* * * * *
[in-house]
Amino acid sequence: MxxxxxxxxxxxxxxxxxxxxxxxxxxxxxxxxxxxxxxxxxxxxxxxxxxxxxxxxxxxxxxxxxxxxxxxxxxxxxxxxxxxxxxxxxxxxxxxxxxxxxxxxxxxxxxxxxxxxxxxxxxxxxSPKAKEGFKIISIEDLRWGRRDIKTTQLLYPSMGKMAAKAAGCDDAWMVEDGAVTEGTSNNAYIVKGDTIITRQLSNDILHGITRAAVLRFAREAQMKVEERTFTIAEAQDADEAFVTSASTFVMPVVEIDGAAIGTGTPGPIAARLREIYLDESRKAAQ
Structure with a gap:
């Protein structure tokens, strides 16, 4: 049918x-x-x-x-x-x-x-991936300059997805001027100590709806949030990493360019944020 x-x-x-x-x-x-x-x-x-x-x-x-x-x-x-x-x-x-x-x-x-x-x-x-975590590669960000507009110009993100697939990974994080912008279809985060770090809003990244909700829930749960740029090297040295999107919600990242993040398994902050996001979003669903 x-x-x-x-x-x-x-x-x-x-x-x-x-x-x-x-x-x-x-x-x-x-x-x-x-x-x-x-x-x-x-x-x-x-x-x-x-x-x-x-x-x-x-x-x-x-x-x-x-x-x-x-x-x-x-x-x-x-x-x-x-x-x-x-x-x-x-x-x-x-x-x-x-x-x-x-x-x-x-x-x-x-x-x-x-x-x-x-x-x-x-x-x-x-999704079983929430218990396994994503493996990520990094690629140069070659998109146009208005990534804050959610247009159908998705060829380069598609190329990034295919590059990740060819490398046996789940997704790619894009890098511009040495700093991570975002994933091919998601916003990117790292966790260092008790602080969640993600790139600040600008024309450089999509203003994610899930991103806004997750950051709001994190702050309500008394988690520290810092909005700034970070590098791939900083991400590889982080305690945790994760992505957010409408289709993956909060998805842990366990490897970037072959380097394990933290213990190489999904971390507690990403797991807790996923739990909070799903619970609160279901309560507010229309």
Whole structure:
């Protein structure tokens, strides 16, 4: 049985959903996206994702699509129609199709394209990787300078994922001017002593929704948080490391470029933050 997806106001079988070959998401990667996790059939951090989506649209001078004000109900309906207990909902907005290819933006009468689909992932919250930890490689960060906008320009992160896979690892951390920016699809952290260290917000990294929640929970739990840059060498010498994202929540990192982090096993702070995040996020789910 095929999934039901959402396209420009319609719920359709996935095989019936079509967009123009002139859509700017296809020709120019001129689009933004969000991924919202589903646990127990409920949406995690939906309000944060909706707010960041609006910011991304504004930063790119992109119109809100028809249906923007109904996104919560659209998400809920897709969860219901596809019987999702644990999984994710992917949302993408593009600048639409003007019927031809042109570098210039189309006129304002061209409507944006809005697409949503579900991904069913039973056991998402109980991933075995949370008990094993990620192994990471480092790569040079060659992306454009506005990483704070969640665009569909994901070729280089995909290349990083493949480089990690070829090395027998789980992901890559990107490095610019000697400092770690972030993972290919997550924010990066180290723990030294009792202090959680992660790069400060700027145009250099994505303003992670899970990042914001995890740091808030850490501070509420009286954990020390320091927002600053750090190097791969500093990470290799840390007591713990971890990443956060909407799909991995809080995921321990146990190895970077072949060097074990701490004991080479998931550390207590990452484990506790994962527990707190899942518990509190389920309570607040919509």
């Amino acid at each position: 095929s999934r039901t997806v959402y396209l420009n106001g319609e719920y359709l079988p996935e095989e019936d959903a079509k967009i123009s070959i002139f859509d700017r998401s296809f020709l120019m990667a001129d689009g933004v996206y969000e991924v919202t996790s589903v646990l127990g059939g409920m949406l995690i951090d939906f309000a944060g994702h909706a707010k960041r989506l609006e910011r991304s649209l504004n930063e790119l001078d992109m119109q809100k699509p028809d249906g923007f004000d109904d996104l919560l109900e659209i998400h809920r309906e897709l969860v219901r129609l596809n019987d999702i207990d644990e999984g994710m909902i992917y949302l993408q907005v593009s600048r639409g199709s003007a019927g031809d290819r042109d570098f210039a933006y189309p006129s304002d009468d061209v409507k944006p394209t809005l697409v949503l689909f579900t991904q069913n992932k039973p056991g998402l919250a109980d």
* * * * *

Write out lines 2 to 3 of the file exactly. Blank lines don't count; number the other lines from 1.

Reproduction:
Amino acid sequence: MxxxxxxxxxxxxxxxxxxxxxxxxxxxxxxxxxxxxxxxxxxxxxxxxxxxxxxxxxxxxxxxxxxxxxxxxxxxxxxxxxxxxxxxxxxxxxxxxxxxxxxxxxxxxxxxxxxxxxxxxxxxxxSPKAKEGFKIISIEDLRWGRRDIKTTQLLYPSMGKMAAKAAGCDDAWMVEDGAVTEGTSNNAYIVKGDTIITRQLSNDILHGITRAAVLRFAREAQMKVEERTFTIAEAQDADEAFVTSASTFVMPVVEIDGAAIGTGTPGPIAARLREIYLDESRKAAQ
Structure with a gap: